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Pieces of Me

January 23, 2013

When you have lived for more than half of your life expectancy, you have to stop occasionally to take stock of that life. You have to add up all the little pieces of yourself that you have given away or had stolen, so that you can know how much is left.

Once, you have an accounting of what remains, then you can decide whether to allow that remainder to be stolen, whether you will give the rest away or whether you plan to keep something for yourself. Not giving it all is very difficult for women. We are often taught to put ourselves last. We come after the spouse, after the children, after our elderly parents, after the dog. But what happens when you have nothing left but years? Years, and bitterness because there is nothing left.

I’ve freely given pieces of myself to my children, my ex-husband, my friends, my extended family, and men I thought would be around longer than eight months. However, even after so much giving and unbeknownst to me, I’ve kept a little of myself for myself. Just a bit, tucked away in some far off corner of me that no one, not even my children, can reach.

I don’t consider it selfish. I consider it self-preservation.

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From → Reflections

4 Comments
  1. You’ve done a good job here of preserving your identity while revealing the person that you are. You walk the line between information and mystery; I look forward to your future posts!

    This particular post is most certainly reflective, as you’ve categorized it. I expect that your reflections will help you know yourself better and will help your audience at the same time. My only suggestion is to make it more personal by using the first person instead of the second. Your blog’s tone is already quite personal and using “I” more will help people connect to you more.

    I also love your tagline “Too old to play the fool; too young not to play at all.” You imply that you have a long history, but are not scorned. You have a great attitude and a voice that will speak to many!

  2. This is wonderful Sistah. I’m reading your work in a Starbucks and just stopped to share your first sentences with the stranger next to me. I love my job, meeting so many new voices every semester.

    This morning I asked one of the other students in class what they thought was more engaging for the audience: questions or answers? Your piece has few question marks, and yet it is full of questions. Your ability to share those questions, honestly and so clearly, is nothing less than an invitation. I am engaged.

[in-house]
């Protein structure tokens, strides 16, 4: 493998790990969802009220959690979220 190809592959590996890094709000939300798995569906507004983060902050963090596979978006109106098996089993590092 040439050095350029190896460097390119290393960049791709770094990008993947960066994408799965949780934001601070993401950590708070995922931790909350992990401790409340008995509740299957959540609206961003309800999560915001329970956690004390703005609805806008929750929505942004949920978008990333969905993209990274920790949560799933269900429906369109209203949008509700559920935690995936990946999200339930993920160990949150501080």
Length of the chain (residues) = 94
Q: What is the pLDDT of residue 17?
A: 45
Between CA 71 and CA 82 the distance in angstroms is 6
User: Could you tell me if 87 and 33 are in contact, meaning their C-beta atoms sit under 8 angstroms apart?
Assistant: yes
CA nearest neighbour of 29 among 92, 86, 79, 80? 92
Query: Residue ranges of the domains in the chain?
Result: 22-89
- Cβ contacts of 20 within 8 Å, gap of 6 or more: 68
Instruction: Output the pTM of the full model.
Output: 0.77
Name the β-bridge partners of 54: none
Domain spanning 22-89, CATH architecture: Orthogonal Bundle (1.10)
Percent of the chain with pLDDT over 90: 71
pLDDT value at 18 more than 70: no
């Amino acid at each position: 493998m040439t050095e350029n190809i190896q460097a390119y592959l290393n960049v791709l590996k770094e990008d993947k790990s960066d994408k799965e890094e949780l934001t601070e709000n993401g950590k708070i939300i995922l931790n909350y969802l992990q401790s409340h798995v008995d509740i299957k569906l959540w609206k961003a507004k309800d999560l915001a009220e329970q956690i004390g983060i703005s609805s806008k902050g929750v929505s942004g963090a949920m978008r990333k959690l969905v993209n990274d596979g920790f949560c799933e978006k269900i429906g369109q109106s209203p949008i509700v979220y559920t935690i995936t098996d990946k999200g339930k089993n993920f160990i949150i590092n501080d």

This doesn’t mean there isn’t work to do.

    I would combine the first two sentences. “Take stock” is cliché, when the rest combined creates one complete thought that fully encapsulates where you and we are headed.

    When you have lived for more than half of your life expectancy, you have to add up all the little pieces of yourself that you have given away or had stolen, so that you can know how much is left.

    An unnecessary comma mars the next sentence, and I’m not sure the entire sentence is necessary.

    Once, you have an accounting of what remains, then you can decide whether to allow that remainder to be stolen, whether you will give the rest away or whether you plan to keep something for yourself.

    I tried to edit it a bit, but it came out redundant:

    Once you have an accounting of what remains to be stolen, given, or kept, then you can make some decisions.

    And can you really decide what gets stolen, or given for that matter?

    We are often taught to put ourselves last.

    Be direct.

    We put ourselves last.

    …after the dog. That’s direct.

    Lastly, this is an abstraction. Abstractions like “love,” “fear,” or “pieces” of the self, will only come to life when they are defined with specific details. Talking about “pieces” of the self could even be considered a cliché, but you use the metaphor to good effect. Still, this is an invitation to your story.

    We will want the details sooner or later.

    Thank you for posting. Brave work.

    Bob

  3. I find your writing very sharp and humorous. i look forward to seeing what direction you will go with this…will it be sort of “everyday, observational humor” or will it be more “social commentary”? anyway, I like your sharp wit…

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  1. I Wish I Didn’t Care About Anyone | My Present Self

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